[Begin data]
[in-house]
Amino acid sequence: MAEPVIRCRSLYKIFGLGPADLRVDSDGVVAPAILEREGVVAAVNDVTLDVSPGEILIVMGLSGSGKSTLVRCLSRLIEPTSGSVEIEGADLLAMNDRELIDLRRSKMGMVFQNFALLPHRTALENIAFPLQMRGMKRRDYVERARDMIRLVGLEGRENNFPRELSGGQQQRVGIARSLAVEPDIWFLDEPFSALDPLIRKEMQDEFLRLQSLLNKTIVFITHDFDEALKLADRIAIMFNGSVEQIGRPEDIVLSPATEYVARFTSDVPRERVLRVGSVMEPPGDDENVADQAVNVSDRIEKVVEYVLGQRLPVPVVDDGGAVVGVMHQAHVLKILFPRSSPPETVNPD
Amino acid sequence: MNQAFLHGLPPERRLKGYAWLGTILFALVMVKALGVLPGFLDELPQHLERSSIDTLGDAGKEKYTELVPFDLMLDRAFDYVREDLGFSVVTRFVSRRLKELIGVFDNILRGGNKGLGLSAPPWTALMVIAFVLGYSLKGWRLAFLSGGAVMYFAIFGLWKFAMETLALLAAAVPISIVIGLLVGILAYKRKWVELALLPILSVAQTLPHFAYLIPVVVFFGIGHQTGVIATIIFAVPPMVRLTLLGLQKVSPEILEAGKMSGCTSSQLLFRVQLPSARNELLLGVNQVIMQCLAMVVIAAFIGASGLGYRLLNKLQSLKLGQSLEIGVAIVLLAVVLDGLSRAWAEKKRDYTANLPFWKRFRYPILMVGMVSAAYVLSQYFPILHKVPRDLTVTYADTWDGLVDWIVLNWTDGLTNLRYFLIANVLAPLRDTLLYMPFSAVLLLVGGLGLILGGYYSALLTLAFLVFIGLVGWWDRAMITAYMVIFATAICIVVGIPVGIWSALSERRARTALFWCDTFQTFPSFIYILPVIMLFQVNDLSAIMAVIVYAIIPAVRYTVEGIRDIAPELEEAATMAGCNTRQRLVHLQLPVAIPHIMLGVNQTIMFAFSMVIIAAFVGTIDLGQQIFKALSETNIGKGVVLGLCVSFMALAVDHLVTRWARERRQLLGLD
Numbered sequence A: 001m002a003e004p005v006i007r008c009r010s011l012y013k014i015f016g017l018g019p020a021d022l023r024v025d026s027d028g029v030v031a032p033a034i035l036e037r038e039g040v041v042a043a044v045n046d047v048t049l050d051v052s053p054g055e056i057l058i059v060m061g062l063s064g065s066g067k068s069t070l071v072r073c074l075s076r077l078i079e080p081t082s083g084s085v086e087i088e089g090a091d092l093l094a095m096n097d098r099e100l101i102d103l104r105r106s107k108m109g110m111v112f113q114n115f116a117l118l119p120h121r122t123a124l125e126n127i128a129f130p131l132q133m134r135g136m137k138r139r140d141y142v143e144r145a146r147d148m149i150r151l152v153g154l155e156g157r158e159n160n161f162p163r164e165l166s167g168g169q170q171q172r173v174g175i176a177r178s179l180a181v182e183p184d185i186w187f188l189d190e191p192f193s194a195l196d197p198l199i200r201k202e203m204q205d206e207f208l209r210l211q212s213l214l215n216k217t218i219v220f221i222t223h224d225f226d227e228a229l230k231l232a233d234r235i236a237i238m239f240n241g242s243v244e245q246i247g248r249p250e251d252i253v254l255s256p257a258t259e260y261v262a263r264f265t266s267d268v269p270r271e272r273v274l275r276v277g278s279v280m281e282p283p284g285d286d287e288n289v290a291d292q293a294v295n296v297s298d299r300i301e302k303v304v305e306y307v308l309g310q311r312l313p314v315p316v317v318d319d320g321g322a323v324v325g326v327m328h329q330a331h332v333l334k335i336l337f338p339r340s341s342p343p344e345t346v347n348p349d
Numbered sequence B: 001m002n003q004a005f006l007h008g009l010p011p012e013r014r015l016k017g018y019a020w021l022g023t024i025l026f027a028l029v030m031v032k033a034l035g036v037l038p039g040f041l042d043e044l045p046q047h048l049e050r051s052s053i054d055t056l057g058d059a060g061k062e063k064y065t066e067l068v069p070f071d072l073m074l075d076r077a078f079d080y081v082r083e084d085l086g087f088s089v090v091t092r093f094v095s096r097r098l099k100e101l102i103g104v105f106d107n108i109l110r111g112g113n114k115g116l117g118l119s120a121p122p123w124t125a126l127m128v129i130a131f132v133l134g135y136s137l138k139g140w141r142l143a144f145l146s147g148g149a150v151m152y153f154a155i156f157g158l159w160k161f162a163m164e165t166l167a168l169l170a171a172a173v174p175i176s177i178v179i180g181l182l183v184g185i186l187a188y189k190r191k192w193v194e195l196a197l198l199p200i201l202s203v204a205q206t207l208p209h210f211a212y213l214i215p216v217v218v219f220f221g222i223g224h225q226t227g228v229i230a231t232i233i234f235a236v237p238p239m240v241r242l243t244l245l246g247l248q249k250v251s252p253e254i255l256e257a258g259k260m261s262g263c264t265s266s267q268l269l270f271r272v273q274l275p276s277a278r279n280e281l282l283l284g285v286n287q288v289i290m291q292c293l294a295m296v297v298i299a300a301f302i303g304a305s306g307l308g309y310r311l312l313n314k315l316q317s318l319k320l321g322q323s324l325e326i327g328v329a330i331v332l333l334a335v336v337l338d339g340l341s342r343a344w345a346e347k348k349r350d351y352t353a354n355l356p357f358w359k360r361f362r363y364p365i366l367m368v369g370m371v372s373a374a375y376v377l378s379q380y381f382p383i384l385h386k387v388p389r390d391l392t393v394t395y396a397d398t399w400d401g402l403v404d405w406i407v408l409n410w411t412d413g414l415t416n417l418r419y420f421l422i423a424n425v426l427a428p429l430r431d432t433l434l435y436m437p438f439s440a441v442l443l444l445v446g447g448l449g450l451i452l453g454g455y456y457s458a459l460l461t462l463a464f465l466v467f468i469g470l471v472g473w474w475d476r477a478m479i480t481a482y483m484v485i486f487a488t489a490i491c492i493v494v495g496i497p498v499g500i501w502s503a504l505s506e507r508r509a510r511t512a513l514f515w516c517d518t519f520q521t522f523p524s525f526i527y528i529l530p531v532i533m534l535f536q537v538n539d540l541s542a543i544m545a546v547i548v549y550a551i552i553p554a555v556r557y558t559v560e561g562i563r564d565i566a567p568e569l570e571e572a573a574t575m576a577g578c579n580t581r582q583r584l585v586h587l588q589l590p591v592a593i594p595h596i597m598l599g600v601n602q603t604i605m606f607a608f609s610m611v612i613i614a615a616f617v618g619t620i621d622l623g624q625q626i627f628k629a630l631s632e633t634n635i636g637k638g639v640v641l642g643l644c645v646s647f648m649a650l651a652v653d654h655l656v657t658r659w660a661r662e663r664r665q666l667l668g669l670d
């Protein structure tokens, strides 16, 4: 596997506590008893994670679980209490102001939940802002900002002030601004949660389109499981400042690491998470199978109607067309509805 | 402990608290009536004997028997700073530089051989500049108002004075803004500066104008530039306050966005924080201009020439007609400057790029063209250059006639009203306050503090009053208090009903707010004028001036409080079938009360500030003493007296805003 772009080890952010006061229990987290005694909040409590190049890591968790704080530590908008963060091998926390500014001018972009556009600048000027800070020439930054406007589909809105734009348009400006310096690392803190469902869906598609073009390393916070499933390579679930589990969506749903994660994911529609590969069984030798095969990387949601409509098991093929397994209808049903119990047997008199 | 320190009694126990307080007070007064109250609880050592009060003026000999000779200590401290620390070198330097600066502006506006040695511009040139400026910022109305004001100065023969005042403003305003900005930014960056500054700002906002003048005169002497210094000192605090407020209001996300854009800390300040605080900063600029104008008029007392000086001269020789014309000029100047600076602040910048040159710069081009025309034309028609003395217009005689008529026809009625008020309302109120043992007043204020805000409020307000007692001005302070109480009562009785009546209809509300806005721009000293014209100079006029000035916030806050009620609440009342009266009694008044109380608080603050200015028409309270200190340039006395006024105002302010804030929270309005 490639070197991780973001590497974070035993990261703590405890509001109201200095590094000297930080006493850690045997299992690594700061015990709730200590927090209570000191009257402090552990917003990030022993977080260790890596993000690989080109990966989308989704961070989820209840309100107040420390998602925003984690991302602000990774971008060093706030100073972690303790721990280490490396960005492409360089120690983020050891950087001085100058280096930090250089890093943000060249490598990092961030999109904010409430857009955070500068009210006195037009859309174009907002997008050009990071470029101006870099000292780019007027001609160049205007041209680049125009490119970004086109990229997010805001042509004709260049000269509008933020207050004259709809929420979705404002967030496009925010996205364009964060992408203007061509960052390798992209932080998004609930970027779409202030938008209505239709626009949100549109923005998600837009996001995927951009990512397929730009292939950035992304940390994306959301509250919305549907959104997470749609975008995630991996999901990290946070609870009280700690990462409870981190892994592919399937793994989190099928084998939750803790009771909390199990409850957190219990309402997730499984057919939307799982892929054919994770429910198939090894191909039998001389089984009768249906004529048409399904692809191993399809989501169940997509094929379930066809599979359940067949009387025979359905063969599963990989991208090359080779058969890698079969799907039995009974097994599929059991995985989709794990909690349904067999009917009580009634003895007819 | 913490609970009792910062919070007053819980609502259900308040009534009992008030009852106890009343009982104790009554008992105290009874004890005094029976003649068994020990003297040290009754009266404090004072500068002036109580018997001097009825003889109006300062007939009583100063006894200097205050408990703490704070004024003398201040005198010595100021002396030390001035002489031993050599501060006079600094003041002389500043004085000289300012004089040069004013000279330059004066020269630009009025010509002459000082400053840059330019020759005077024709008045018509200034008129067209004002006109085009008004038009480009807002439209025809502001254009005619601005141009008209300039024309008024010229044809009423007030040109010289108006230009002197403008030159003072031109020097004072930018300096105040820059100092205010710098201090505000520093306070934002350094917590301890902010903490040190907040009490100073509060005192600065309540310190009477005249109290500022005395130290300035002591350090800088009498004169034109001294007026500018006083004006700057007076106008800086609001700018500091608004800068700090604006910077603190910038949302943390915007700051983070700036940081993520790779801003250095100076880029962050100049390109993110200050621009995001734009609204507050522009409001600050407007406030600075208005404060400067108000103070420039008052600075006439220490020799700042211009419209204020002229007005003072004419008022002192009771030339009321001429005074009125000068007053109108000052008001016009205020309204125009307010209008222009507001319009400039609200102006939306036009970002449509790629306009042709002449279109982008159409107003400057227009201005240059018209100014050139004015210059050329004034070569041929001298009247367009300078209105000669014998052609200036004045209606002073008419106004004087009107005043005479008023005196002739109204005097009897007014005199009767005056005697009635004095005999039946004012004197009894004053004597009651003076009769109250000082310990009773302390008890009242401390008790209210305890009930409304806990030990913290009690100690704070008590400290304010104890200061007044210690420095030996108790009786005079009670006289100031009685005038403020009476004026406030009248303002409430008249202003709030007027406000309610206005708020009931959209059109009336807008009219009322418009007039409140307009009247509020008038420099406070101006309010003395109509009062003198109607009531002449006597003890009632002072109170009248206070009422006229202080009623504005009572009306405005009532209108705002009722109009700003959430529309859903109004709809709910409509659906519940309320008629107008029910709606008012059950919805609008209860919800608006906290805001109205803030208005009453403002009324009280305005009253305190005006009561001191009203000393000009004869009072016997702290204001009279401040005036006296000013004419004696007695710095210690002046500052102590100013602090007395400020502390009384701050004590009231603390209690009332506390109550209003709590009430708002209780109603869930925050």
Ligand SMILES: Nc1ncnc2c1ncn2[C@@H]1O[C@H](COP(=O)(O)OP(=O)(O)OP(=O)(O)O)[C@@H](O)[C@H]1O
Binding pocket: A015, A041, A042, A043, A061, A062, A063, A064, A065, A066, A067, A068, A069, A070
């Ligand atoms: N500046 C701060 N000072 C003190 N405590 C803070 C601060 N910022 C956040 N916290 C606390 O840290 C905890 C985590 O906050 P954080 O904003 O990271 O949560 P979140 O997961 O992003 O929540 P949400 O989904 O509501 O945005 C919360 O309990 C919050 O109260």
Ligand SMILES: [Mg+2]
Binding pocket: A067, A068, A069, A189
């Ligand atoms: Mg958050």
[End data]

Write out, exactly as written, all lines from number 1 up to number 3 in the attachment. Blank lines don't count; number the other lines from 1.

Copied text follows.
[in-house]
Amino acid sequence: MAEPVIRCRSLYKIFGLGPADLRVDSDGVVAPAILEREGVVAAVNDVTLDVSPGEILIVMGLSGSGKSTLVRCLSRLIEPTSGSVEIEGADLLAMNDRELIDLRRSKMGMVFQNFALLPHRTALENIAFPLQMRGMKRRDYVERARDMIRLVGLEGRENNFPRELSGGQQQRVGIARSLAVEPDIWFLDEPFSALDPLIRKEMQDEFLRLQSLLNKTIVFITHDFDEALKLADRIAIMFNGSVEQIGRPEDIVLSPATEYVARFTSDVPRERVLRVGSVMEPPGDDENVADQAVNVSDRIEKVVEYVLGQRLPVPVVDDGGAVVGVMHQAHVLKILFPRSSPPETVNPD
Amino acid sequence: MNQAFLHGLPPERRLKGYAWLGTILFALVMVKALGVLPGFLDELPQHLERSSIDTLGDAGKEKYTELVPFDLMLDRAFDYVREDLGFSVVTRFVSRRLKELIGVFDNILRGGNKGLGLSAPPWTALMVIAFVLGYSLKGWRLAFLSGGAVMYFAIFGLWKFAMETLALLAAAVPISIVIGLLVGILAYKRKWVELALLPILSVAQTLPHFAYLIPVVVFFGIGHQTGVIATIIFAVPPMVRLTLLGLQKVSPEILEAGKMSGCTSSQLLFRVQLPSARNELLLGVNQVIMQCLAMVVIAAFIGASGLGYRLLNKLQSLKLGQSLEIGVAIVLLAVVLDGLSRAWAEKKRDYTANLPFWKRFRYPILMVGMVSAAYVLSQYFPILHKVPRDLTVTYADTWDGLVDWIVLNWTDGLTNLRYFLIANVLAPLRDTLLYMPFSAVLLLVGGLGLILGGYYSALLTLAFLVFIGLVGWWDRAMITAYMVIFATAICIVVGIPVGIWSALSERRARTALFWCDTFQTFPSFIYILPVIMLFQVNDLSAIMAVIVYAIIPAVRYTVEGIRDIAPELEEAATMAGCNTRQRLVHLQLPVAIPHIMLGVNQTIMFAFSMVIIAAFVGTIDLGQQIFKALSETNIGKGVVLGLCVSFMALAVDHLVTRWARERRQLLGLD